I tried all kinds of versions like:

A giant heating vent on another hospital building's roof...

I just wasn't sure. Anybody know a good way to go? Thanks.[/QUOTE]

Thanks Bufty. Interesting--taking out that first sentence. The steam is not symbolic. It's just a really heavy scene. It's just what she notices.

Elle.
04-21-2019, 03:29 AM
I agree with Bufty, “she looked out the window” is unnecessary filtering. You could say “outside” or “on the other side of the window”. We know from the POV that what is described is what the character sees.

Fallen
04-23-2019, 03:00 AM
sat east side on the hospital's roof, a giant heating vent belched steam into the gray sky. (?)

BradCarsten
04-23-2019, 03:33 AM
On the hospital roof across the way, A giant heating vent belched steam into the gray sky.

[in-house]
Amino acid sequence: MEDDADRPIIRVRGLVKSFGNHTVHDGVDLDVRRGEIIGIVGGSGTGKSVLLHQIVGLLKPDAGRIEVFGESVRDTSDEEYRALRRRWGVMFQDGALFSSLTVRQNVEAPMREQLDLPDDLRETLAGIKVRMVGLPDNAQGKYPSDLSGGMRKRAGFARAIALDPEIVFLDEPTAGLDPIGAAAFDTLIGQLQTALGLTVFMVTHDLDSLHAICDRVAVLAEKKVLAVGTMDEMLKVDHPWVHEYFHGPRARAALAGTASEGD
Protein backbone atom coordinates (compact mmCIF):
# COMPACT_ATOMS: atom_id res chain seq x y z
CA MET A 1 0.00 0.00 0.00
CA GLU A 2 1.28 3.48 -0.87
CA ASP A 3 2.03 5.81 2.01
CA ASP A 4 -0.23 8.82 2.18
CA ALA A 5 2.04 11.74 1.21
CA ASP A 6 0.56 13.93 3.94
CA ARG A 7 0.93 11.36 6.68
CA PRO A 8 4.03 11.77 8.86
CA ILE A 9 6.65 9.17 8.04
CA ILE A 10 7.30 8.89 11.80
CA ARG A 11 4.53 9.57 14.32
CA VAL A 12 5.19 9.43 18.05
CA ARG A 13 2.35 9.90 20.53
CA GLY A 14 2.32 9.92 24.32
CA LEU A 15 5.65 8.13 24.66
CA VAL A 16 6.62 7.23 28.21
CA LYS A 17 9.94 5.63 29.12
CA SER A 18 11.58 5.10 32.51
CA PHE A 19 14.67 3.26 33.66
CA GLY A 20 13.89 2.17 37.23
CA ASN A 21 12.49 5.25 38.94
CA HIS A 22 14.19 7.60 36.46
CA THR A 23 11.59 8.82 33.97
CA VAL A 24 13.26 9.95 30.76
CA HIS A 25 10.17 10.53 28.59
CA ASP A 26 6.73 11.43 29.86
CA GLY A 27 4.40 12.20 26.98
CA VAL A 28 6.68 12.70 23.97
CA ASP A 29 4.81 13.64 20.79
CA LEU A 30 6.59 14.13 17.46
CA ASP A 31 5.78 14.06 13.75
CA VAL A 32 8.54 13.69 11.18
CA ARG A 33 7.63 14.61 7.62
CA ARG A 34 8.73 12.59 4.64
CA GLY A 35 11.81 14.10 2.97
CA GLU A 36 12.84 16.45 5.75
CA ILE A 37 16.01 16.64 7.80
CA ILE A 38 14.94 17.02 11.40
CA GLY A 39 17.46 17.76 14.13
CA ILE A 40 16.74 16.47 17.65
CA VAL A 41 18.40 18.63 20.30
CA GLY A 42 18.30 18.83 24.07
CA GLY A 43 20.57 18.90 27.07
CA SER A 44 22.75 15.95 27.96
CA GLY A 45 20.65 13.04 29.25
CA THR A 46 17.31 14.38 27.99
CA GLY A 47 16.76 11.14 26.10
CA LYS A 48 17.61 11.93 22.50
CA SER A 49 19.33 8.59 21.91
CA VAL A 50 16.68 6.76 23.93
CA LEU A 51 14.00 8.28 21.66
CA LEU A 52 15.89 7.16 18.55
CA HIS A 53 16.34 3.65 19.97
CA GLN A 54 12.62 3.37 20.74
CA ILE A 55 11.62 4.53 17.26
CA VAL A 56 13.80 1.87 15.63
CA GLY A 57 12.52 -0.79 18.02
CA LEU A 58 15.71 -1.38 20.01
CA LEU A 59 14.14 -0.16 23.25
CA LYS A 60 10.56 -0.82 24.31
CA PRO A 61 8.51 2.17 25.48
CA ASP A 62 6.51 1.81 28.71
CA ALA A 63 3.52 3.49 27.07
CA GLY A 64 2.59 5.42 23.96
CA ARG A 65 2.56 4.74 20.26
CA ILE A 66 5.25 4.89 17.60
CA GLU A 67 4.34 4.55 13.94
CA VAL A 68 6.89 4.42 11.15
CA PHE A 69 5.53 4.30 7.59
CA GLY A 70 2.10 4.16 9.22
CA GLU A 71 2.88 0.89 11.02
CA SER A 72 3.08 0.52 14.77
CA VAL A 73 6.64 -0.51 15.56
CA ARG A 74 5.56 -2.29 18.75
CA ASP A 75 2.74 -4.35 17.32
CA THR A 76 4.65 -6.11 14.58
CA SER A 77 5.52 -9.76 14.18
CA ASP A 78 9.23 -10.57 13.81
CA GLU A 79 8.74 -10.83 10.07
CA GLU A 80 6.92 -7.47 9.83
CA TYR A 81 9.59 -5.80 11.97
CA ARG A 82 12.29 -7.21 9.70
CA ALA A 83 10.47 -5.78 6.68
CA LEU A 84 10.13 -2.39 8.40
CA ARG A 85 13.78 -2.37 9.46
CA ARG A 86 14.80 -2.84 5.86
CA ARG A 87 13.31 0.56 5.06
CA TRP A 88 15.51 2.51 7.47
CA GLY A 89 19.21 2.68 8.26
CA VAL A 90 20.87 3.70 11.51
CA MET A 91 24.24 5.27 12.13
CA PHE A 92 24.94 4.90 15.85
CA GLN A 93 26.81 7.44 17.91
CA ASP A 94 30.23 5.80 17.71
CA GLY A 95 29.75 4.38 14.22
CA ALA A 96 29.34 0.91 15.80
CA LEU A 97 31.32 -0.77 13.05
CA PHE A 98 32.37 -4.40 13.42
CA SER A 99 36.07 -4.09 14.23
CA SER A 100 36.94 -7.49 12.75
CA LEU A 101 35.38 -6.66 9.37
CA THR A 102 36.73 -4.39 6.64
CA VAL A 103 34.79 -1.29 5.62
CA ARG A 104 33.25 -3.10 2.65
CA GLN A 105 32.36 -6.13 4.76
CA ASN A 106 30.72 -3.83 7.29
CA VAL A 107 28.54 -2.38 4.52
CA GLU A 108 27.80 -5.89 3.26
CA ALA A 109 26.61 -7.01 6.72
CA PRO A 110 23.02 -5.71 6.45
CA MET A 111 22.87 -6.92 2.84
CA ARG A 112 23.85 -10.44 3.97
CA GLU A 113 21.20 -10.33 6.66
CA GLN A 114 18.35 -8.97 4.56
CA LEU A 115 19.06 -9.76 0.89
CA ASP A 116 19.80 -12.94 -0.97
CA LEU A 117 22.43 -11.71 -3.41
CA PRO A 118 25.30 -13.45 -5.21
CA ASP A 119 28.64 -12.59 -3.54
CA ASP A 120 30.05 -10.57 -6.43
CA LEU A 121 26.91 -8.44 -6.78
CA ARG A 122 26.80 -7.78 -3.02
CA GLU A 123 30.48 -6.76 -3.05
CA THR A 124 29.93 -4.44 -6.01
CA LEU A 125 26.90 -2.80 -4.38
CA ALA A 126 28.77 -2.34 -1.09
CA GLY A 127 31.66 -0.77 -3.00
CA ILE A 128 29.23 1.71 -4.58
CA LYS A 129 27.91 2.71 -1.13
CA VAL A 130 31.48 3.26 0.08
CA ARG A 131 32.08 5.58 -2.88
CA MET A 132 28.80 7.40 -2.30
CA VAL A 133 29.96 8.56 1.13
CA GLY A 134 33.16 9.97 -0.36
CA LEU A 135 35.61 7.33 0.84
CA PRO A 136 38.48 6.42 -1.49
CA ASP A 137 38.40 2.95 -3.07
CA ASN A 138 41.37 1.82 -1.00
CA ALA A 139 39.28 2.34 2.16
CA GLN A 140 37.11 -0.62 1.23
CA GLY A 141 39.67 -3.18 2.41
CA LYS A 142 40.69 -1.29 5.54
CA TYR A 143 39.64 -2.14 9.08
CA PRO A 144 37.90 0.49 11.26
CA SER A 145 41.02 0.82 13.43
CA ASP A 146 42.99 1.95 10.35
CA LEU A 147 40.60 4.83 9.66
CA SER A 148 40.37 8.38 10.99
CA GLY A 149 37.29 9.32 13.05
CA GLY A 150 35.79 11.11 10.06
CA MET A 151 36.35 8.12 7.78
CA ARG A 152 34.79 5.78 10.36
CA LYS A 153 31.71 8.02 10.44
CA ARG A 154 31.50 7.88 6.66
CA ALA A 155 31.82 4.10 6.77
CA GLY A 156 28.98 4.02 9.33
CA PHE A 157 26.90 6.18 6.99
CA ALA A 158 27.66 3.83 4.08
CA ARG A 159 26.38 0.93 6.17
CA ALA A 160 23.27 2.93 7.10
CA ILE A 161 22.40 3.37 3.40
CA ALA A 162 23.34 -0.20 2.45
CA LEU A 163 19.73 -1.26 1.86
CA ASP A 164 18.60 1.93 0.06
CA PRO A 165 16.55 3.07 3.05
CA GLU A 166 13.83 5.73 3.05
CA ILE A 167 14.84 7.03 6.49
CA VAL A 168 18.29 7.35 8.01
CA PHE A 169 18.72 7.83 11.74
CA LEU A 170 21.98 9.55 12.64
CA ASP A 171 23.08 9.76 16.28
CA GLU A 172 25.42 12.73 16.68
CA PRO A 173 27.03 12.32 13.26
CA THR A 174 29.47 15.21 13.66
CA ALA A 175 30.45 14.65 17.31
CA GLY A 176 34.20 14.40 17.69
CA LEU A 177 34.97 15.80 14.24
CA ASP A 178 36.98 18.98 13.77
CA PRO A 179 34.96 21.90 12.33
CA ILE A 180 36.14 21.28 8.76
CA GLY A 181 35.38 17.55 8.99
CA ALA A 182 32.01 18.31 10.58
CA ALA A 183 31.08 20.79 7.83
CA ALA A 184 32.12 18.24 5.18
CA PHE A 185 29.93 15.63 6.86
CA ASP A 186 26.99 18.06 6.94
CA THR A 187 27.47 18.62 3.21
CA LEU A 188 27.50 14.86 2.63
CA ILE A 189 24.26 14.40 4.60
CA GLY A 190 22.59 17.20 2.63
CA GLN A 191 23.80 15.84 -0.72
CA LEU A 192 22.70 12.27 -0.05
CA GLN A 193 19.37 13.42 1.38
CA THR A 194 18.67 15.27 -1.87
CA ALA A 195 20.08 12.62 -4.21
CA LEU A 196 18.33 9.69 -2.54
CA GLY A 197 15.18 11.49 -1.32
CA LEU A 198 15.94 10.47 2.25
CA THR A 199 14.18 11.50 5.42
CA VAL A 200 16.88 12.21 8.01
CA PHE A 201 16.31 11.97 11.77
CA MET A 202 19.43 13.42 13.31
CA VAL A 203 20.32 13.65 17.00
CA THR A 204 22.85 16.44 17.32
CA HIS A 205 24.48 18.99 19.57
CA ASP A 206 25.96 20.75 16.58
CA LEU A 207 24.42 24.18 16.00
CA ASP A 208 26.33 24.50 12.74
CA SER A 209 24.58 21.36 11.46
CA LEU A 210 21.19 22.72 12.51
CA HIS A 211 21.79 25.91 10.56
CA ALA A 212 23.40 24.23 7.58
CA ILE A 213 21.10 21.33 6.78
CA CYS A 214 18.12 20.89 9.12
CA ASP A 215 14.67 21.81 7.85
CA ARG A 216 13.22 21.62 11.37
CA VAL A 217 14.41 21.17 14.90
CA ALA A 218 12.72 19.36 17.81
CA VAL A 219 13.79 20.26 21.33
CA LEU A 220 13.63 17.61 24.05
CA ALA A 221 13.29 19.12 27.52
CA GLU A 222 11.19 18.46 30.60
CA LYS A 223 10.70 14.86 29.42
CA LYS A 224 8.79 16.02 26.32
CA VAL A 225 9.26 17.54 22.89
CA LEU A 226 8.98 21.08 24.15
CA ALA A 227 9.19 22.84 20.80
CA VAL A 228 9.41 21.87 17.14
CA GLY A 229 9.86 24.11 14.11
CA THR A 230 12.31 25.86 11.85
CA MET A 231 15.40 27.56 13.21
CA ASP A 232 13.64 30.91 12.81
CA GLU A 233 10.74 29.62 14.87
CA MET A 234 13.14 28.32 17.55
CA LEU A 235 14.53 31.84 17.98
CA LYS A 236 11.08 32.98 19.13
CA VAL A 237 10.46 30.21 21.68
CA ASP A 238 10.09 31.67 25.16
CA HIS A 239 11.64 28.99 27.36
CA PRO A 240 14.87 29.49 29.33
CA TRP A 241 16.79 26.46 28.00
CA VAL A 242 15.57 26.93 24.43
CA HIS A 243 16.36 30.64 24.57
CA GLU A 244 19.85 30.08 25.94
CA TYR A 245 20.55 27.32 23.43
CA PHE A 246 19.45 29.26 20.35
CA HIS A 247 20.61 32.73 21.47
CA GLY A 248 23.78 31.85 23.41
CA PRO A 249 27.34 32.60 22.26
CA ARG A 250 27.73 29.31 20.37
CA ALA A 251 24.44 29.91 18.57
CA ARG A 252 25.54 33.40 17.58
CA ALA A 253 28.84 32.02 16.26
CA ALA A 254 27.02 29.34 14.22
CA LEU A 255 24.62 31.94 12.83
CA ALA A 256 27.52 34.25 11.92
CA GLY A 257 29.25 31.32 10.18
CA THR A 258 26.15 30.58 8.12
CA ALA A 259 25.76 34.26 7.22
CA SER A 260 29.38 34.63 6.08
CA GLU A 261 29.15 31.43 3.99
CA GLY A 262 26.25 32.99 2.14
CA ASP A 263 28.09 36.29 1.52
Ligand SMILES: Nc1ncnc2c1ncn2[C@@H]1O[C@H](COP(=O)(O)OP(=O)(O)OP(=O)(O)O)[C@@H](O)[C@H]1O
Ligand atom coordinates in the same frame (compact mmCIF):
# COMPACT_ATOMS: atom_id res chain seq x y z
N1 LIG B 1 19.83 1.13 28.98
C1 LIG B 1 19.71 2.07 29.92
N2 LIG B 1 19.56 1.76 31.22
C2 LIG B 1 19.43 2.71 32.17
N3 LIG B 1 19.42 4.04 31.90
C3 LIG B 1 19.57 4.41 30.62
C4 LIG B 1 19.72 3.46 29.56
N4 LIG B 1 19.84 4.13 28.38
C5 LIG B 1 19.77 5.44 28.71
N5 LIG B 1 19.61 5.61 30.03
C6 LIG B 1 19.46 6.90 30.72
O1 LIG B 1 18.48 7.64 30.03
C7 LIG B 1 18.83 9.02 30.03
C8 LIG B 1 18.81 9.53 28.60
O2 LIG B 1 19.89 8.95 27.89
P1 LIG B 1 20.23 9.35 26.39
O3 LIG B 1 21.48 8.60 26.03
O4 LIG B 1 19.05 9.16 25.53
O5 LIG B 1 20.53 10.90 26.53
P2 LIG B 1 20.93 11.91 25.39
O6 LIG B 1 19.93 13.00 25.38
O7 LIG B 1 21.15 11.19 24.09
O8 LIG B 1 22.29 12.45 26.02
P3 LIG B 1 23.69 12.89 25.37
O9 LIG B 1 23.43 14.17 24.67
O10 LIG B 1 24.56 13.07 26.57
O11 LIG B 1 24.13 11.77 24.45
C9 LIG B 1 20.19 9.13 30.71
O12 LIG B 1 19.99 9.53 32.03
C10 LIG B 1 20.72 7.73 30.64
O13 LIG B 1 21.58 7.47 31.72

Greco
04-23-2019, 03:37 AM
I like both versions.

What about this: She gazed out the window and saw steam belching from another hospital's roof.

nice and clean

novicewriter
04-23-2019, 05:49 AM
Here's three sentences to give you a little context:

She looked out the window. A giant heating vent on another hospital building roof belched steam into the gray sky. She turned back to her father.

A woman is lying in a hospital bed. She looks out the window and sees another buiding's roof and the steam coming out. Anyway, I just got weirded out with this sentence:



I tried all kinds of versions like:

A giant heating vent on another hospital building's roof...

I just wasn't sure. Anybody know a good way to go? Thanks.

Perhaps, you could try something like, "She stared out the window, watching steam from an adjacent roof float into the gray sky."

TrapperViper
04-23-2019, 06:30 AM
On the hospital roof across the way, A giant heating vent belched steam into the gray sky.

+1

I liked use of the word belch too btw.

frimble3
04-23-2019, 10:33 AM
And, as for the significance of the steam, I was in hospital once, for a month, with a similar view of hospital roofs. Any little movement or change is noteworthy.

Gregg Bell
04-24-2019, 09:13 PM
Thanks everybody for the fab suggestions!